know if it's a credit to the seamlessness of the special
effects in James Cameron's Avatar, but to be honest,
despite all of the amazing things I was seeing, one of the
most burning questions I had early in the movie was: Wait,
they still have cigarettes and Jujubees 150 years in the
pleasures aside, Avatar is a beautiful and breathtaking
movie that has a worn plot, but gets enough of a goose from
dazzling effects and commitment to its material to make
it a thoroughly enjoyable movie.
Paraplegic former marine Jake Sully (Sam Worthington), volunteers
to travel to a mining outpost on an Earth-like planet called
Pandora light-years away as a member of an experimental
program in place of his twin brother who is killed before
deployment. The program has users control "avatars",
genetic hybrids of human DNA and the DNA of the Na'vi, the
natives who are interfering with the mining of a rare and
valuable mineral referred to as unobtainium. (Which is an
actual term scientists have been using to describe rare,
costly, or impossible materials since the 1950's. Believe
me, I'm just as surprised as you are.) Sully, in his avatar,
meets Neytiri (Zoe Saldana), a young Na'vi female, who ends
up teaching him the ways of the Na'vi. Jake becomes sympathetic
to the natives and must decide between his duty as a marine,
and his loyalty to his newfound "tribe".
The movie has been heralded as a "groundbreaking"
effort, but really all the efforts to break ground have
preceded it. One of the biggest selling points James Cameron,
the writer and director, attributed to the movie (and the
reason he's been working on it so long) was that he wanted
a wider implementation of 3D in movie theaters before it
has been achieved, but to the movie's credit, the use of
3D seems more of an enhancement than a necessity. This is
easily the best use of 3D and motion-capture I've seen in
a movie to date, as the digital expressions of characters
are at least passable and there are no memorable examples
of something that needs to be seen in 3D to be appreciated.
(For the exact opposite see Robert Zemeckis' Beowulf.)
The effects are truly are amazing and are the high point
of the film. The world of Avatar is completely
realized and makes excellent use of technology to create
a realistic-looking world. One of the more refreshing things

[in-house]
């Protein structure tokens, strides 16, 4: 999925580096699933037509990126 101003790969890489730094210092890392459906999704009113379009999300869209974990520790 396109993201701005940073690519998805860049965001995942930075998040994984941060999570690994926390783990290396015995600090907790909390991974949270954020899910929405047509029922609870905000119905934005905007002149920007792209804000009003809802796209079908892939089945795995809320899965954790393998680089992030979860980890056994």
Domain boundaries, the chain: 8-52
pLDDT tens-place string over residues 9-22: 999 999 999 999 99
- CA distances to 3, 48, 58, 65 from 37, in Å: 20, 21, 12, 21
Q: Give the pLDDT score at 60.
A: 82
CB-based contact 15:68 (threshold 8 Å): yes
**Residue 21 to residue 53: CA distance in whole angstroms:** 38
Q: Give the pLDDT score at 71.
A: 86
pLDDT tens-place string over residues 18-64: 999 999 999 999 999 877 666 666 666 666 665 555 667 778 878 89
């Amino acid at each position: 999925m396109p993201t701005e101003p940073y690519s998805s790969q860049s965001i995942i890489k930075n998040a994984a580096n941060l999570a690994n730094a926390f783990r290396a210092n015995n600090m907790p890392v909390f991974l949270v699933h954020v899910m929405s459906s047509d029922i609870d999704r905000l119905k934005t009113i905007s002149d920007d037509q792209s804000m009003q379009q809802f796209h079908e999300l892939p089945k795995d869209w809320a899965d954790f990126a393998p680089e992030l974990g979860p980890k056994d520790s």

to me, as a sci-fi fan, was the fact that Pandora's atmosphere
is inhospitable to humans. (What, all humanoids don't breathe
air?) Even the human technology of battle airships, mechs,
and computer screens are sights to behold. The movie front-loads
the wonder of Pandora and goes light on battle until the
end, but when the conflict comes, it's very satisfying.
(And almost nauseating, so be warned if you're prone to
Cameron knows how to stage a battle, but subtle storytelling
seem beyond his command here. Rest assured that everything
that comes up in the first two thirds in of the movie, will
somehow become important in the end. Animals, plants, technology;
if it's mentioned, rest assured it's coming back to help
our protagonist in some way or another.
Avatar uses themes that are strikingly similar
to other pro-nature and pro-native movies that precede it,
like Ferngully and Dances with Wolves,
and at times the parallels to recent political issues are
whisp-thin. By the end of the movie, the references to "shock
and awe" and "fighting terror with terror"
get a little heavy handed and try to turn an issue loaded
with greys into a very black and white affair.
the movie is painted in the broad strokes of fairy tale
as opposed to the fine details of nuanced development. The
Na'vi and the scientists are completely sympathetic and
99.95% of the Blackwater employees, ahem, mercenaries working
for the company just want to go out and kick ass.
One of the most enjoyable performances comes from Stephen
Lang, who plays the scarred and grizzled Miles Quaritch,
head of security at the human Pandora colony. Quaritch is
a marine very much cut from the same fabric of marines from
Cameron's other movies The Abyss and Aliens,
but that doesn't make it any less fun watch his cavalier
bad-assness square off against Worthington's tribe of cornered
and angry natives.
Saldana is the standout of the Na'vi. She seems to realize
that, while acting alone can sometimes shine through the
filter of motion-capture, it's body language that really
sells the performance. Whereas other Na'vi characters seem
rigid and stiff at times, Saldana's Neytiri seems most like
a fluid, organic being who shows real emotion.
Avatar isn't the best sci-fi movie of the year
(that, I think, goes to District 9), but it is
the most accessible. Cameron and crew have created a beautiful
and believable world and peppered it with some good characters.
The movie's flaw lies in that what they do with that world
isn't anything that's all that new, and as a result the
movie at times is more of a breathtaking travel journal
of Pandora and the future than a compelling story. Cameron
once said that, if Avatar is successful, he has
some sequels in mind. I'm willing to give him leave to take
me back to this world in the future, as long as he doesn't
wait another 10 years in an attempt to popularize smell-o-vision.